New law could free up TV airwaves for mobile use

Feb 28, 2012 By ANICK JESDANUN , AP Technology Writer

A new law could result in fewer TV stations on the air, in exchange for faster wireless data services for smartphones and tablet computers.

Before you rush out to download "Bad Teacher" from , though, keep in mind that several things need to happen over the next few years before people start seeing faster wireless speeds.

The law, part of a package signed by President last week, gives the authority to explore such an exchange. The will have to write the rules for it in the coming months.

The idea is to squeeze over-the-air television, which has few viewers, into a smaller slice of the airwaves. Anything freed would be available for bidding by companies, including such as AT&T Inc. and Verizon Wireless.

Broadcasters will need to decide whether they want to give up their frequencies. Those that do could continue to operate as cable-only channels if they don't want to go out of business. Bidding for freed airwaves likely won't begin until late 2013 or early 2014, partly to give bidders time to raise money to pay for any spectrum they win.

Although vast swaths of broadcast spectrum were freed when television signals converted from analog to digital in 2009, much of that has already been claimed. Technology companies have been clamoring for even more airwaves to satisfy growing consumer appetite for movies, books and websites on mobile devices.

About 11 million households lack cable or satellite service and get TV signals only over the air, according to Nielsen. That compares with 89 million who are cable or satellite subscribers.

There are more than 330 million devices active on cellular networks, which could benefit from the transfer of the spectrum.

The FCC envisions freeing up 500 megahertz of spectrum over the next 10 years. As much as a quarter of that could come from television.

The National Association of Broadcasters isn't sure how many stations would go along, and it's watching to make sure no broadcaster will be forced to participate. Some might have to move to a different frequency, such as from Channel 49 to Channel 19, but they would be compensated to build new towers and make other adjustments. Viewers using antennas would have to find the station's new home.

Television stations once had Channels 2 to 83, except for 37, which is used for astronomy. Channels 70 to 83, mostly used to retransmit signals from other channels, disappeared in the 1980s and have been reassigned to other uses. Stations gave up Channels 52 to 69 in 2009 as part of a transition to digital broadcasts, and much of that has already been reassigned. Depending on how many stations want to participate, Channels 31 to 51, excluding 37, could be freed up.

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User comments : 5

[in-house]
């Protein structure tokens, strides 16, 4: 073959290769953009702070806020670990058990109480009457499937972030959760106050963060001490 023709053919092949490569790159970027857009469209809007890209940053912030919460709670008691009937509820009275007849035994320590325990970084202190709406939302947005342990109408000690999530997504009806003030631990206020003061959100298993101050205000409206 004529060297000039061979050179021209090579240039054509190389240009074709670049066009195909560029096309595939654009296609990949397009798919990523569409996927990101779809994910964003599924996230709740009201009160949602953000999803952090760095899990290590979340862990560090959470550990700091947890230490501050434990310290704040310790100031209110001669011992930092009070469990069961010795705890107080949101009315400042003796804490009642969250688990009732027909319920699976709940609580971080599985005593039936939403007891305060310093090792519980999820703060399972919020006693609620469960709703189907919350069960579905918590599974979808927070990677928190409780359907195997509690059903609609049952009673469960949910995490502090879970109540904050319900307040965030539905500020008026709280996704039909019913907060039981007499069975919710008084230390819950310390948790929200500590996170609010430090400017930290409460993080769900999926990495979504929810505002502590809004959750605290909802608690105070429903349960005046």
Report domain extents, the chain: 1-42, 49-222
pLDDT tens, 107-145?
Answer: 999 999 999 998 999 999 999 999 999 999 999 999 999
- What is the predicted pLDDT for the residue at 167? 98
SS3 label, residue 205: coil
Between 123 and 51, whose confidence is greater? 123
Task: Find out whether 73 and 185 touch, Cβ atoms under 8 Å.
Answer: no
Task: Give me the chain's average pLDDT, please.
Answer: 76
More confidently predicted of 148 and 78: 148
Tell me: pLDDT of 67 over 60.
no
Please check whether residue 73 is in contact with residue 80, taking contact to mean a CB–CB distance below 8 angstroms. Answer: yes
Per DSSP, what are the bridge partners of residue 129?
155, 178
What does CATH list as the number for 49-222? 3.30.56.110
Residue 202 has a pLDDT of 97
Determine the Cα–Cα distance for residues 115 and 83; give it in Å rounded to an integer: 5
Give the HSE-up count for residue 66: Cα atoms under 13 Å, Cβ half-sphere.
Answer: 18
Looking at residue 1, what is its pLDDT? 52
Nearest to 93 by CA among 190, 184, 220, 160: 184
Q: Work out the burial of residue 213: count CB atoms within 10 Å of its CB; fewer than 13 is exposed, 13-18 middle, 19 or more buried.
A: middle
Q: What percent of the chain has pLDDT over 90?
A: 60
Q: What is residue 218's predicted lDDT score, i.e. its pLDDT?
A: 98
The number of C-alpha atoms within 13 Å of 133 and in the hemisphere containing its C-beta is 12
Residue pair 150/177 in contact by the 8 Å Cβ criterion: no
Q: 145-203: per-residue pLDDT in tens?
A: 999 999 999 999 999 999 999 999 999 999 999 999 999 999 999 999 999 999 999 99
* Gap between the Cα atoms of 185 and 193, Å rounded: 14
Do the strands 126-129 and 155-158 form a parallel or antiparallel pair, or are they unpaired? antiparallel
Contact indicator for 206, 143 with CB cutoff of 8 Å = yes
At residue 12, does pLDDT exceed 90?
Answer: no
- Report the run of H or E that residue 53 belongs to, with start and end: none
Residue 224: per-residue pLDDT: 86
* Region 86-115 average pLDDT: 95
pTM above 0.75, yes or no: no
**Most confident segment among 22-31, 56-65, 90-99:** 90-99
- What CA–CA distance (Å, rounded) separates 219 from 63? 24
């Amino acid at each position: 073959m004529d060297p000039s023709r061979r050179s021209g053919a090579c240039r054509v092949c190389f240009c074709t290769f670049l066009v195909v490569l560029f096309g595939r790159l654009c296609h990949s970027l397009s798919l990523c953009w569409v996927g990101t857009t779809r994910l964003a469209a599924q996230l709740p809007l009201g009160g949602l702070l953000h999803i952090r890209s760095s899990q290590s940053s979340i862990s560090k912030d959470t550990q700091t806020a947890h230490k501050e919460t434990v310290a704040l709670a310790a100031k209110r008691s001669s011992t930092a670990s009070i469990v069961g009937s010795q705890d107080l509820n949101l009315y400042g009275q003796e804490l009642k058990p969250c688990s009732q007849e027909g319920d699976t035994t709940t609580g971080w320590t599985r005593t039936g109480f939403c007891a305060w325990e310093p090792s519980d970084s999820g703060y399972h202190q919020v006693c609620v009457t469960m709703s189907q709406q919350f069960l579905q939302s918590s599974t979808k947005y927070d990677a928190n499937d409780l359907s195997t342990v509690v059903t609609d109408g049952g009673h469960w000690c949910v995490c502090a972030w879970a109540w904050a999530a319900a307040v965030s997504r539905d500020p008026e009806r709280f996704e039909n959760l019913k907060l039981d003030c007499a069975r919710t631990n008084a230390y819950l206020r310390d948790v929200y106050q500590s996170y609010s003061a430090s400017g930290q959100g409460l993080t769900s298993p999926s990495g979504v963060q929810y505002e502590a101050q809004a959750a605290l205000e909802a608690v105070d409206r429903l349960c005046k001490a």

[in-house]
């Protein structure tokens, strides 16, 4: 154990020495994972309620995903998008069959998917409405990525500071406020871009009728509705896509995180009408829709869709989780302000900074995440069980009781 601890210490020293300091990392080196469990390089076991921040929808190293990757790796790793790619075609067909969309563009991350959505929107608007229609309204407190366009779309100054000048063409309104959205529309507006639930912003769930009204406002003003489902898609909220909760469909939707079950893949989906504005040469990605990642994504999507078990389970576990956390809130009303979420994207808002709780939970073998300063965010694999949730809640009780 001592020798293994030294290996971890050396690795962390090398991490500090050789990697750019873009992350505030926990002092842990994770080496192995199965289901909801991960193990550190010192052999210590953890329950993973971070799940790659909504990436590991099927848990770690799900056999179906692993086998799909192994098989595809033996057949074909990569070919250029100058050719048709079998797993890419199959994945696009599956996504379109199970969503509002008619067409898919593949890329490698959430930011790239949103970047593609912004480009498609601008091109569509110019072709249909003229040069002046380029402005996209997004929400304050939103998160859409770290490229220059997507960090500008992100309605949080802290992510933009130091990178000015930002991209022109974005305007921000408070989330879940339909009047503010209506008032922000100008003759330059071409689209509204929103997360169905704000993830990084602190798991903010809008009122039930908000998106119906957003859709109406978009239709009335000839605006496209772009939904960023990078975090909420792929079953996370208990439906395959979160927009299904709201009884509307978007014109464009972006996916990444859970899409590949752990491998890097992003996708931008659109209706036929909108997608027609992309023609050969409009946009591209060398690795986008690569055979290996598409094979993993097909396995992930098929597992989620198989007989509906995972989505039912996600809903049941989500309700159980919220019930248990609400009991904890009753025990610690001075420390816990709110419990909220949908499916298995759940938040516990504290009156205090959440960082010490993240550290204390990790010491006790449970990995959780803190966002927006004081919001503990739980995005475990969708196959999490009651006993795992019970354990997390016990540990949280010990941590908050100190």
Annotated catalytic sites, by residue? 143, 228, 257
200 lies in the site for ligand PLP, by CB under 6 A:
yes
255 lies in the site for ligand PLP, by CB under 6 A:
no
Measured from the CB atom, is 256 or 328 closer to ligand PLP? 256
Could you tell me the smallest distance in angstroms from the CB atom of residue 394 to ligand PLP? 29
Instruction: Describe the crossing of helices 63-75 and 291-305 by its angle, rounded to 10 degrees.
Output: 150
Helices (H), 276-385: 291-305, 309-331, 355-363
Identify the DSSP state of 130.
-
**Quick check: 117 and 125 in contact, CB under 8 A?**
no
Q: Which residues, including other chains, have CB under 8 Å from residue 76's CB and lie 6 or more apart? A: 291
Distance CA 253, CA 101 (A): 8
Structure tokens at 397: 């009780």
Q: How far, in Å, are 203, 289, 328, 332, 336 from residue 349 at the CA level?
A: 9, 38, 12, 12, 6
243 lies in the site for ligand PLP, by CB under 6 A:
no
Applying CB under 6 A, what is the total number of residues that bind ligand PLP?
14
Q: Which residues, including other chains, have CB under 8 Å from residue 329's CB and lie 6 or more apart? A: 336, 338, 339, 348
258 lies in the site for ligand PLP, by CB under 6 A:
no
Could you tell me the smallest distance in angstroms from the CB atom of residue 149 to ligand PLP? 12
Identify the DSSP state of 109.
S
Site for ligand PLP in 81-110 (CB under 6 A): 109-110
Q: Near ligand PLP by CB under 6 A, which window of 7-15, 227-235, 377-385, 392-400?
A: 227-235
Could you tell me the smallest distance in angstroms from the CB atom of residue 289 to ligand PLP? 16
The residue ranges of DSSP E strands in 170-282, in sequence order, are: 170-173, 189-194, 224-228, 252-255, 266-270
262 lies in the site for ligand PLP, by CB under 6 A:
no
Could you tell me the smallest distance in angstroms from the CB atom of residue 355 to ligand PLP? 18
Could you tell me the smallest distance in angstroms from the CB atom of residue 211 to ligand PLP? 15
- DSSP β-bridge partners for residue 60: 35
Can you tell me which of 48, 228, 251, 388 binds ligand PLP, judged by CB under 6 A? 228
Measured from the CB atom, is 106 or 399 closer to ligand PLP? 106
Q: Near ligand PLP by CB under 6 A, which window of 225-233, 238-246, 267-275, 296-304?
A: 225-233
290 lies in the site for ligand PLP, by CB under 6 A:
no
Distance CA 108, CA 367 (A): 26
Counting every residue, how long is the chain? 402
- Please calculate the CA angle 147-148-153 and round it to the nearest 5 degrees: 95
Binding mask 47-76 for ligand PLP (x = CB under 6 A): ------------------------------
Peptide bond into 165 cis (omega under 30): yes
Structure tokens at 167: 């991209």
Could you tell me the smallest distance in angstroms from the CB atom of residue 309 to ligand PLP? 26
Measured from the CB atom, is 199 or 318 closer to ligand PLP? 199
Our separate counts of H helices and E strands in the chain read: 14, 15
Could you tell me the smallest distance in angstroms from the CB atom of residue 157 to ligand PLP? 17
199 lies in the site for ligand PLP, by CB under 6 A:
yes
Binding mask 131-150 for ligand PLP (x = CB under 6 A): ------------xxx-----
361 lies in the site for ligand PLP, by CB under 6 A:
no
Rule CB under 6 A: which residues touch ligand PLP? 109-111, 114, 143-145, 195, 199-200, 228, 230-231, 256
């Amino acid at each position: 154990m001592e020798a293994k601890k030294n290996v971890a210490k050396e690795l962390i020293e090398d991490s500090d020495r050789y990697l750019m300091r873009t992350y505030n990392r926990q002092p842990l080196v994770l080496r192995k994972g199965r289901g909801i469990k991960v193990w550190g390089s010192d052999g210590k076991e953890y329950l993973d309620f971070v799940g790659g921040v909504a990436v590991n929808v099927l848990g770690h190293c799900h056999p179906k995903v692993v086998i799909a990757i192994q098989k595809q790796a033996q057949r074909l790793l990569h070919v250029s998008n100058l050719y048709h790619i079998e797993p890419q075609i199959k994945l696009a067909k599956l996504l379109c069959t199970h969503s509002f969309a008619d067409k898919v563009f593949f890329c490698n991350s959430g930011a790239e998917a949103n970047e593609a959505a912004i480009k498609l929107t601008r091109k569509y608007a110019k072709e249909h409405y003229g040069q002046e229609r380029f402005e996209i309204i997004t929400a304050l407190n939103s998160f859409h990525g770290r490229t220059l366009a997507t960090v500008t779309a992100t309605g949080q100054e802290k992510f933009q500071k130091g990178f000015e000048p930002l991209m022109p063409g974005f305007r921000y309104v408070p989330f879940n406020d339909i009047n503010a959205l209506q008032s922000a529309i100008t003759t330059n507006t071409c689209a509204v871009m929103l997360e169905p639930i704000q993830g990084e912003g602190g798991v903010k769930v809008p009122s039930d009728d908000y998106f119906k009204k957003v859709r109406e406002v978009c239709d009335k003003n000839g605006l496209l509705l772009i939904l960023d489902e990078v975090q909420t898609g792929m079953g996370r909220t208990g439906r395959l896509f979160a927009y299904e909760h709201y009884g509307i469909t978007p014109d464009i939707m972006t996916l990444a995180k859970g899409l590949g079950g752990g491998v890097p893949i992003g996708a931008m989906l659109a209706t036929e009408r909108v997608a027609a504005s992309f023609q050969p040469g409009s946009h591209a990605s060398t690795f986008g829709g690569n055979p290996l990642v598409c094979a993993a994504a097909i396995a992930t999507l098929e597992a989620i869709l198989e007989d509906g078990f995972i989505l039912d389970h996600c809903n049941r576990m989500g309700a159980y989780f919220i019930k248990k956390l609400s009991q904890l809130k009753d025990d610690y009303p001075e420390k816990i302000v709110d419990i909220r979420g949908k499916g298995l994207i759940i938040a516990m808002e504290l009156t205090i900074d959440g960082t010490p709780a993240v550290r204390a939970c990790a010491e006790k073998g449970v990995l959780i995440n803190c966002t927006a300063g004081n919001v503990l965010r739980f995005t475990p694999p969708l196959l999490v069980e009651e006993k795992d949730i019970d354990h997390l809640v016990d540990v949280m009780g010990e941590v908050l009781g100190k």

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winthrom
5 / 5 (1) Feb 28, 2012
The "free" airwaves are auctioned off and the free public access to information (the lifeblood of freedom and democracy) goes to the highest bidder.
Deesky
3.5 / 5 (8) Feb 28, 2012
I say it's a good move. Broadcast TV is becoming increasingly anachronistic with the proliferation of on-demand internet services and alternative viewing platforms. Not to mention how much of what's broadcast is total rubbish, but that's a value judgement.

However, I can also see a looming problem with increased mobile spectrum/speeds. Mobile devices will increasingly start using streaming and p2p services, which will lead to more congestion and the need for more bandwidth. Already a bittorrent client is in development for the Android platform...
kaasinees
1 / 5 (1) Feb 29, 2012
I say it's a good move. Broadcast TV is becoming increasingly anachronistic with the proliferation of on-demand internet services and alternative viewing platforms. Not to mention how much of what's broadcast is total rubbish, but that's a value judgement.

However, I can also see a looming problem with increased mobile spectrum/speeds. Mobile devices will increasingly start using streaming and p2p services, which will lead to more congestion and the need for more bandwidth. Already a bittorrent client is in development for the Android platform...

Android already has torrent apps.
baudrunner
1 / 5 (1) Feb 29, 2012
11 million broadcast viewers is not a few.

The FCC should consider the quality of broadcast content, which is much higher than social networking content anyway you cut it. We are going to surrender NOVA and NCIS and Law and Order and all that great programming just so that kids can text garbage and send questionable images?

I made my own HDTV antenna and bought a cheap converter so I don't have to pay for cable. I don't want to pay for cable. Watching commercials is payment enough, and they're not going away.
Feldagast
not rated yet Feb 29, 2012
They already did this when they converted Air broadcast to digital. the auction if I recall didn't do as well as they had hoped.

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